Peter Briggs, director of the office for international students and scholars, adds: “One special feature of Greater Lansing is the richness of the international diversity we have at MSU. The world is changing so quickly and Michiganders have an extraordinary opportunity to engage the world right here. Not every community has this access to a personalized global resource. Interactions with people from around the world can be personally and professionally transformational. The talent that comes to MSU is impressive and a high number of MSU’s international students and scholars have strong professional contacts in businesses in their countries. Our international students and scholars enjoy the opportunity to engage deeply in our community.”
Staying closer to home, Patricia Paulsell, co-director of the Center for Language Education and Research (CLEAR), proudly discusses one of CLEAR’s programs as a way to illustrate the “globalness” of the region: “The Greater Lansing area provides the perfect environment to host World Languages Day, an annual event welcoming students, teachers and parents from the entire state for a celebration of languages and cultures. Primary purposes of the event are to strengthen global awareness in high school students, to provide an exciting opportunity to explore languages and cultures, particularly those less commonly taught, and to awaken interest in studying them.”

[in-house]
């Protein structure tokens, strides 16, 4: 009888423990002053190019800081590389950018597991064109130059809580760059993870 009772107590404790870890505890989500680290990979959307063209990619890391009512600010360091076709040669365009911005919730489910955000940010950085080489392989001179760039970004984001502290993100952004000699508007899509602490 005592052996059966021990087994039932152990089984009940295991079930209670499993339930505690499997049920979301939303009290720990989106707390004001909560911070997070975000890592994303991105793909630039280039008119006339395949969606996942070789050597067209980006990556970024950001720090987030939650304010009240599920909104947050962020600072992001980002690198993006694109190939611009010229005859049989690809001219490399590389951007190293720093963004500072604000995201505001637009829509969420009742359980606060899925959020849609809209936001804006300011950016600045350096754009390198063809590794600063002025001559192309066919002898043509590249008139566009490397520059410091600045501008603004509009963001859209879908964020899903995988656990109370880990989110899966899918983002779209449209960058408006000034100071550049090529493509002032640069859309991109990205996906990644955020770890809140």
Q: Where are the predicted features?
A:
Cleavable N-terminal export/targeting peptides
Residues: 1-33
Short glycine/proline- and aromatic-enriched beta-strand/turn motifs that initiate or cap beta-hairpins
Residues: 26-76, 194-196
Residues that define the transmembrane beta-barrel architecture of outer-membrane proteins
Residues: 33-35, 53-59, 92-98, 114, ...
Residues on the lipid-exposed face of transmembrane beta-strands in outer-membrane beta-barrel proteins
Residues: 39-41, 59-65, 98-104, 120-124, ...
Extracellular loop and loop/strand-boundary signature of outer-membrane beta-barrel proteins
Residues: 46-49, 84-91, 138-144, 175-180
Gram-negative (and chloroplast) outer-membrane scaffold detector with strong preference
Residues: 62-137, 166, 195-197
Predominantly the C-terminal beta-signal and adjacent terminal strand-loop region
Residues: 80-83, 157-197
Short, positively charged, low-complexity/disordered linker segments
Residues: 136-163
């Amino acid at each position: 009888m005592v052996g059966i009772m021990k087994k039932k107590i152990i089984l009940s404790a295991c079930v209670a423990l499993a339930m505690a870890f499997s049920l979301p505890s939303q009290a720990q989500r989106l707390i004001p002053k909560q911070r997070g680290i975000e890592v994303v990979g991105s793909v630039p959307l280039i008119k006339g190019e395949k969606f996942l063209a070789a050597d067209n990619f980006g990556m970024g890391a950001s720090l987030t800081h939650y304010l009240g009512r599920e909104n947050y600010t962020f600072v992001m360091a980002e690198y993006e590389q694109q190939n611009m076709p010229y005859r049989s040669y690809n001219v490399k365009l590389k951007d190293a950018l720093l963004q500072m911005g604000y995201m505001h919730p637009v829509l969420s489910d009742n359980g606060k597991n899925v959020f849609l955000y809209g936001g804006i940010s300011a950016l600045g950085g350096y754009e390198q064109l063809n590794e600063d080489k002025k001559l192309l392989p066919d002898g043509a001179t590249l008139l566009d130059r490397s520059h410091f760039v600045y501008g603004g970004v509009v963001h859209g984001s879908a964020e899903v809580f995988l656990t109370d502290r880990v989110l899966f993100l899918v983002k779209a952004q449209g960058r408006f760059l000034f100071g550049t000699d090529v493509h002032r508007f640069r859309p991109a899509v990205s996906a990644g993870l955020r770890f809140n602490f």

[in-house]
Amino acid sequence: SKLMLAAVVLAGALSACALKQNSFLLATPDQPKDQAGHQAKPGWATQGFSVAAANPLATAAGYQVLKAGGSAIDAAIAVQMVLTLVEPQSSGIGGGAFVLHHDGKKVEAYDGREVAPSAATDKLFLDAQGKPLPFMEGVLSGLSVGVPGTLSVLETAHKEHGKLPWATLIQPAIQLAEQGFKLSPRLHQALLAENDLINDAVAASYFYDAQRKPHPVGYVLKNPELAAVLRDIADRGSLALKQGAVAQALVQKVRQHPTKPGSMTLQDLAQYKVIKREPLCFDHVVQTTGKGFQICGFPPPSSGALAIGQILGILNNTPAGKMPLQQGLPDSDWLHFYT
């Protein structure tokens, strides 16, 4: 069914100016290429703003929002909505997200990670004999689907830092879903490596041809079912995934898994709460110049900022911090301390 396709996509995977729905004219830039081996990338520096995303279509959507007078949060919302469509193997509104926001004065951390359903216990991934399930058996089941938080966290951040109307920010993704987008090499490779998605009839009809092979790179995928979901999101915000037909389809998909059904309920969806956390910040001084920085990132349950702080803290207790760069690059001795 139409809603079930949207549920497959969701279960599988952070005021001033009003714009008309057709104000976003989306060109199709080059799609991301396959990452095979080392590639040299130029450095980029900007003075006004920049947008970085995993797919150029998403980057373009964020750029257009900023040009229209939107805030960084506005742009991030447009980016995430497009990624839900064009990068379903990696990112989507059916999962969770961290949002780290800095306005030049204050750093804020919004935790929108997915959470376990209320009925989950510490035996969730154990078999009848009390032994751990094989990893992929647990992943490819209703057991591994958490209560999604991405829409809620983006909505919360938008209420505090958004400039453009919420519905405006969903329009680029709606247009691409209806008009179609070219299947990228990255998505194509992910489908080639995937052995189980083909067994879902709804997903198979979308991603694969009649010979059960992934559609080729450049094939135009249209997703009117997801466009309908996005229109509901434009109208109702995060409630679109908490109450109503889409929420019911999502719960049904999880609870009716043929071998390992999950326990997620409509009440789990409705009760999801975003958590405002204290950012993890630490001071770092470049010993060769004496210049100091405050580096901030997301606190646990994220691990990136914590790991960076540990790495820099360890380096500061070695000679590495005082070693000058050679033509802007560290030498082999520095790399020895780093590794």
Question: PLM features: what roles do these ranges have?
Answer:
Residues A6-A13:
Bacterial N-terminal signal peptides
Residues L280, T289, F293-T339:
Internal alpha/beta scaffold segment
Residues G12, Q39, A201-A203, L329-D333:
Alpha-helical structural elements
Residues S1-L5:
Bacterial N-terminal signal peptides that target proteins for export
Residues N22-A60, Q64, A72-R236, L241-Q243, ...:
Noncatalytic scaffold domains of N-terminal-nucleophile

Across these quotations so far, the notion of inbound and outbound global engagement takes center stage for the betterment of the region. Such engagement has significant business implications, as illustrated by Stefanie Lenway, dean of the Eli Broad College of Business, who says: “Global engagement permeates the fabric of the Eli Broad College of Business as a reflection of the Greater Lansing region. Our commitment to preparing students for careers in the global economy involves increasing study abroad opportunities in every program we offer. The engagement of local companies in the global marketplace makes the Greater Lansing region unique in its skill set to tackle new, complex and challenging global opportunities. The global mindset of our faculty and students will contribute to the Greater Lansing region’s reputation as a globally focused entrepreneurial capital.”
With some 1,400 faculty members currently involved in international research, teaching and service projects in more than 170 countries, MSU continually strives to be a world leader spanning the vast diversity of its multitude of programs. Such global leadership is not only important for MSU transitioning from a land grant university to a university focused on being the “world grant ideal,” but it also has significant implications for the international competitiveness of our region.
For example, the Eli Broad School’s Michigan Export Growth Program (global.broad.msu.edu/megp), a pro bono program to assist the Greater Lansing region and Michigan become more competitive globally, is just one of myriad examples of MSU’s global outreach at home. Embracing the world grant ideal makes MSU a global leader worldwide and our region a global knowledge capital always ready for the global marketplace.